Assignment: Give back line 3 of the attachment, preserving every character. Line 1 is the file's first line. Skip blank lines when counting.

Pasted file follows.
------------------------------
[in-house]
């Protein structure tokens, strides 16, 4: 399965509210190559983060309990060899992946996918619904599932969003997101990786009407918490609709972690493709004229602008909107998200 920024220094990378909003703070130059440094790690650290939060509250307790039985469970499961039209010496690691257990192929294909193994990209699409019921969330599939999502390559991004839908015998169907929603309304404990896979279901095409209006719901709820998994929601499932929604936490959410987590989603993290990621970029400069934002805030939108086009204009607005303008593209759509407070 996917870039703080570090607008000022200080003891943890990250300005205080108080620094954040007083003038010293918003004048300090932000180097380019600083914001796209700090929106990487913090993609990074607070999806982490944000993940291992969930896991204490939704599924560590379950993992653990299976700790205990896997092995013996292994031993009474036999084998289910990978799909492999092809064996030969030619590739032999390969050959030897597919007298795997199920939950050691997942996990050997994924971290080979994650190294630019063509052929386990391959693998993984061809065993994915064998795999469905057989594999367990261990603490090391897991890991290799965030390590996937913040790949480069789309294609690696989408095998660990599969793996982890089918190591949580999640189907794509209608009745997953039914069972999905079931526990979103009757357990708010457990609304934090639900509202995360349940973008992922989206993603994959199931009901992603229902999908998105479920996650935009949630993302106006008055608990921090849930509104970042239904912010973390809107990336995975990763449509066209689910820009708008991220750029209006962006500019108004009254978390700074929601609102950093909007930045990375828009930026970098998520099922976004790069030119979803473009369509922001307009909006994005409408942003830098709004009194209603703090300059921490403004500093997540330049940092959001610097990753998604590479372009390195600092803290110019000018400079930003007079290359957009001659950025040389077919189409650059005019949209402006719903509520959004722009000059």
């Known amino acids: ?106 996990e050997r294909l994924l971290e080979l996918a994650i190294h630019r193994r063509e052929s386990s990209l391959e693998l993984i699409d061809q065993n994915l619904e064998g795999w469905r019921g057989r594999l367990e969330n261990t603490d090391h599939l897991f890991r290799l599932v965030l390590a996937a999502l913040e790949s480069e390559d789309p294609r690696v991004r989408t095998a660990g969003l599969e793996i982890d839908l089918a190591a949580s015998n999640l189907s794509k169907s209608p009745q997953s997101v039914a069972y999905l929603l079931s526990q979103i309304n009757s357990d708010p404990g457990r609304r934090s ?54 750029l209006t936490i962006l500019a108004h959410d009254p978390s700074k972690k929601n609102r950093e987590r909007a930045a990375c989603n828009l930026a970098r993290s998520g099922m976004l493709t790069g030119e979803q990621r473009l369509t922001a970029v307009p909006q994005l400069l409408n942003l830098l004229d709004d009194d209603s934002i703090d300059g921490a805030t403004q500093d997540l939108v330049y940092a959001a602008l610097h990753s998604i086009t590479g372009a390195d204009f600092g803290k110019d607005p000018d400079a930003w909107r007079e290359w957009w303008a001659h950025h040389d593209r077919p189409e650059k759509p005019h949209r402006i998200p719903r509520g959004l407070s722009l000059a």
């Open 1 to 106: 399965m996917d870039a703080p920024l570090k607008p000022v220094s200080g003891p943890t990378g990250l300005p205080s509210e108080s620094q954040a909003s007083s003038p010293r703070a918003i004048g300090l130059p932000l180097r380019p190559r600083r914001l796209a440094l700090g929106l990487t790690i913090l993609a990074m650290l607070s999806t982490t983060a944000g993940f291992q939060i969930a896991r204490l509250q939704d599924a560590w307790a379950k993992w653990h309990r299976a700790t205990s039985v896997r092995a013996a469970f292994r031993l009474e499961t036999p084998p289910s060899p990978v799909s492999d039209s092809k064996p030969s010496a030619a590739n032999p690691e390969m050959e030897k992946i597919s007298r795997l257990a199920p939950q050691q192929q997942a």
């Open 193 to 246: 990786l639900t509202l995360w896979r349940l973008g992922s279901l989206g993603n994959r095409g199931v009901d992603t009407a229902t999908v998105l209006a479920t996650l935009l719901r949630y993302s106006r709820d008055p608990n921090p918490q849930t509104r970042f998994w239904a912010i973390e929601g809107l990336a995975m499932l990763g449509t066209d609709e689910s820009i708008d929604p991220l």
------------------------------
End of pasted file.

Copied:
């Known amino acids: ?106 996990e050997r294909l994924l971290e080979l996918a994650i190294h630019r193994r063509e052929s386990s990209l391959e693998l993984i699409d061809q065993n994915l619904e064998g795999w469905r019921g057989r594999l367990e969330n261990t603490d090391h599939l897991f890991r290799l599932v965030l390590a996937a999502l913040e790949s480069e390559d789309p294609r690696v991004r989408t095998a660990g969003l599969e793996i982890d839908l089918a190591a949580s015998n999640l189907s794509k169907s209608p009745q997953s997101v039914a069972y999905l929603l079931s526990q979103i309304n009757s357990d708010p404990g457990r609304r934090s ?54 750029l209006t936490i962006l500019a108004h959410d009254p978390s700074k972690k929601n609102r950093e987590r909007a930045a990375c989603n828009l930026a970098r993290s998520g099922m976004l493709t790069g030119e979803q990621r473009l369509t922001a970029v307009p909006q994005l400069l409408n942003l830098l004229d709004d009194d209603s934002i703090d300059g921490a805030t403004q500093d997540l939108v330049y940092a959001a602008l610097h990753s998604i086009t590479g372009a390195d204009f600092g803290k110019d607005p000018d400079a930003w909107r007079e290359w957009w303008a001659h950025h040389d593209r077919p189409e650059k759509p005019h949209r402006i998200p719903r509520g959004l407070s722009l000059a």